Someone has said, “If a man loses three-fourths of his fortune, it may be natural to grieve over what is lost, but it cannot fail to strike one as more sensible to make much of and rejoice in what remains. So a child of God, when he sees his creature comforts taken from him, will show himself a wise person by letting these go without expressing much sorrow and cleaving to the one who is our strength and shield.” Anyone can do without material possessions, but no one can do without God.

The choice to become bitter or to rejoice is with us every day. To refuse to choose is itself a choice. If we refuse to choose the difficulties and pain of life will overwhelm us. We will become bitter and sour toward God and towards others. On the other hand, we can deliberately choose to rejoice in God.

Caleb Morris wrote, “Spiritual joy is a free, full, and overflowing stream that takes its rise in the very depth of the Divine essence, in the immutability, perfection, abundance, munificence of the Divine nature. While there is a God, and that God is happy, there is no necessity that there should be any unhappy Christian.”

I cannot tell you how many wonderful Christians I have seen who have lost a loved one or who have a terminal disease that get angry at God and eventually become bitter toward God and life.

Temporary anger is part of the grieving process, but if that anger is prolonged and turns into bitterness. Bitterness is sin. The Bible tells us that we must look diligently after our relationship with God “lest a root of bitterness spring up in our lives.” (Heb 12:15) We need to have the attitude of Thomas A. Kempis who wrote “Provided that Thou dost not cast me off for ever, nor blot me out of the book of life, no matter what tribulation befalls me, it shall not hurt me.”

The Bible is full of examples of people who rejoiced in spite of their circumstances. They were not super Christians. They were people just like you and me who made a deliberate choice to be content. When several of the apostles found themselves imprisoned for preaching the gospel and beaten with a whip, they responded with joy. Acts 5:41 indicates “And they departed from the presence of the council, rejoicing that they were counted worthy to suffer shame for his name.”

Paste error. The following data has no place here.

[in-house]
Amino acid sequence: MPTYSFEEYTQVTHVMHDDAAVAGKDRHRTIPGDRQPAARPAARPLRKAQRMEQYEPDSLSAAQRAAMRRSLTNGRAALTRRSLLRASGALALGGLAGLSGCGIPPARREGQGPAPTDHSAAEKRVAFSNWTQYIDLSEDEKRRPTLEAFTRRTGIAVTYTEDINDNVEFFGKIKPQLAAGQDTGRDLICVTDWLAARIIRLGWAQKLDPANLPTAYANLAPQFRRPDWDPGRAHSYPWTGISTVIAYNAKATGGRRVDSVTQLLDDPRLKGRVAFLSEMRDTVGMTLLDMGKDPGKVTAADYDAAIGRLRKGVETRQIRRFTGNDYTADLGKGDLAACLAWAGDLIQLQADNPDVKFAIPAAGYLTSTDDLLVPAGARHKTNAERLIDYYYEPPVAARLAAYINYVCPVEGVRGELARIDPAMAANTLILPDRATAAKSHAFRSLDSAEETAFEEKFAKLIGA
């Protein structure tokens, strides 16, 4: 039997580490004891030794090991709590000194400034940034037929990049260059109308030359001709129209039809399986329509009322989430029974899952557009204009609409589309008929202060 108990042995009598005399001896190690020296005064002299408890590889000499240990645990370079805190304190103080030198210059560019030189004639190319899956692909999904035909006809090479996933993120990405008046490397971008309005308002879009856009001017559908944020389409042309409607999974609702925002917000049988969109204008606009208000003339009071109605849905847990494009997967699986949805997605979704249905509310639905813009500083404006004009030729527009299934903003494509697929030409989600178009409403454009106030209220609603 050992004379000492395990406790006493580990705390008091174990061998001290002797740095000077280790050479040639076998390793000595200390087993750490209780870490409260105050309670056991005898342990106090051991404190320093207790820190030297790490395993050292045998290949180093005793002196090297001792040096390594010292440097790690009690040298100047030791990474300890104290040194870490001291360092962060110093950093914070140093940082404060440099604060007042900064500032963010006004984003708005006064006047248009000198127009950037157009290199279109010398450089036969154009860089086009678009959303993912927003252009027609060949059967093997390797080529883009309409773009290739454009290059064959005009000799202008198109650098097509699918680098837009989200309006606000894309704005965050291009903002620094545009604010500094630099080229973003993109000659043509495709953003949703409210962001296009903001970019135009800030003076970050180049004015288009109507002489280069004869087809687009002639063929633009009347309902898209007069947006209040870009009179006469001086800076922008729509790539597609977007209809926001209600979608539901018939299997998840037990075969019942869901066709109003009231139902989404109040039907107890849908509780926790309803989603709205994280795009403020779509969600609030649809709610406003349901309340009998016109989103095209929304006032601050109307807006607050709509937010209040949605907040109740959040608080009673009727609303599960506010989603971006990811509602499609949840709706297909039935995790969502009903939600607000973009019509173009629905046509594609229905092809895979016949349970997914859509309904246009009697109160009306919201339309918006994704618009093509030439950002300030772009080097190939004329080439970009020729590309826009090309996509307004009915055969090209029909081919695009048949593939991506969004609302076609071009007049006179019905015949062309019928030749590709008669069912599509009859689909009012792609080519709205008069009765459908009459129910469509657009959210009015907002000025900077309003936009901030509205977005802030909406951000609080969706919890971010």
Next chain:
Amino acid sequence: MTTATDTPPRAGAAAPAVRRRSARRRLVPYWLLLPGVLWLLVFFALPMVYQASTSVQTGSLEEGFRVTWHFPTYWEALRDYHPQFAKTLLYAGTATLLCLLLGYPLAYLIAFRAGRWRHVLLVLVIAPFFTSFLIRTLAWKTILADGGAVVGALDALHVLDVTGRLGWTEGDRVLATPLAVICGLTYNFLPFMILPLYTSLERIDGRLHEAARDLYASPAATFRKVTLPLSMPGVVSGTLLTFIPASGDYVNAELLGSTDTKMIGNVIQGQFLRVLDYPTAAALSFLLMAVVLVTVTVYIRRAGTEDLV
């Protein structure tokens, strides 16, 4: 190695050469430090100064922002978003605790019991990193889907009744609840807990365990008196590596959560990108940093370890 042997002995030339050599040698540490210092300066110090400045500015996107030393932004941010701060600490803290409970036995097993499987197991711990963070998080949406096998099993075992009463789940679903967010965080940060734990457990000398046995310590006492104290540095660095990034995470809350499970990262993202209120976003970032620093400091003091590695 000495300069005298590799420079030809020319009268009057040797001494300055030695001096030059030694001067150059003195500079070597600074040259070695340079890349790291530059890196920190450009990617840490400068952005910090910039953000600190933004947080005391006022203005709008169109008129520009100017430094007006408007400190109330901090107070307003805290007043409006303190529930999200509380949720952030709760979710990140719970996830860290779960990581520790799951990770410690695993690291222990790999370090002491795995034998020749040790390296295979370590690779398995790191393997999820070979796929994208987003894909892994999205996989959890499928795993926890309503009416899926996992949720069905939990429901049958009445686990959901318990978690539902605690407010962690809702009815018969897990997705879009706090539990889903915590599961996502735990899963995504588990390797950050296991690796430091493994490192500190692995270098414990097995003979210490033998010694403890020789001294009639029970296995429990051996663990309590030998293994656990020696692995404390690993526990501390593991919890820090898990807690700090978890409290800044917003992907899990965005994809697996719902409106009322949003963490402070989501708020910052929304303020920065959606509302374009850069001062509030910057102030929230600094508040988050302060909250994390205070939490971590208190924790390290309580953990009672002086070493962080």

The prophet Jeremiah said, “Thy words were found, and I did eat them; and thy word was unto me the joy and rejoicing of mine heart: for I am called by name, O Lord God of hosts (Jer. 15:16).” Jeremiah chose to rejoice not in his circumstances, but in God's Word. Nehemiah teaches us a marvelous truth. Neh. 8:10, “Then he said unto them, Go your way, eat the fat, and drink the sweet, and send portions unto them for whom nothing is prepared: for this day is holy unto our Lord: neither be ye sorry: for the joy of the Lord is your strength.”

It is so much easier to blame others for our inability to be happy. Many of us still blame our parents for imperfect childhoods, find spouses an easy target for our discontentment, or imagine our present job and coworkers are the reason for our miserable life. This will always be the case when we allow any one person or situation to control our level of contentment, or when we forget who and whose we are. Contentment is that quality which allows us to live fully in the present, seeing the possibilities at hand. We can choose how we respond to difficulties, with a thankful heart or a bitter heart.


The entire present world order may pass away, but God’s grace to his people shall endure. A psychologist commenting on the millions of aerobic exercise tapes being sold (mostly to women) observed that “women are not and never will be completely content with their bodies. For men and women, our car is never quite right, our apartment or home is not quite large enough, and our work is never as fulfilling as we want. Our children aren't as gifted as we had hoped, our spouse not as romantic as we dreamed, and our health not perfect.” We must not base our contentment on our situation be it good or bad. Our contentment can only come from God as we live in an active relationship with Him.

Thomas Merton challenges us with the following question, “Why can we not be content with the secret happiness that God offers us without consulting the rest of the world?” Then he declares, “If we are fools enough to remain at the mercy of the people who want to sell us happiness, it will be impossible for us ever to be content with anything.”

God's secret of contentment is for us to become aware of how much we are loved and how much he cares for us. Loss and pain do color life, but we can choose the color. Let’s choose to live in joy!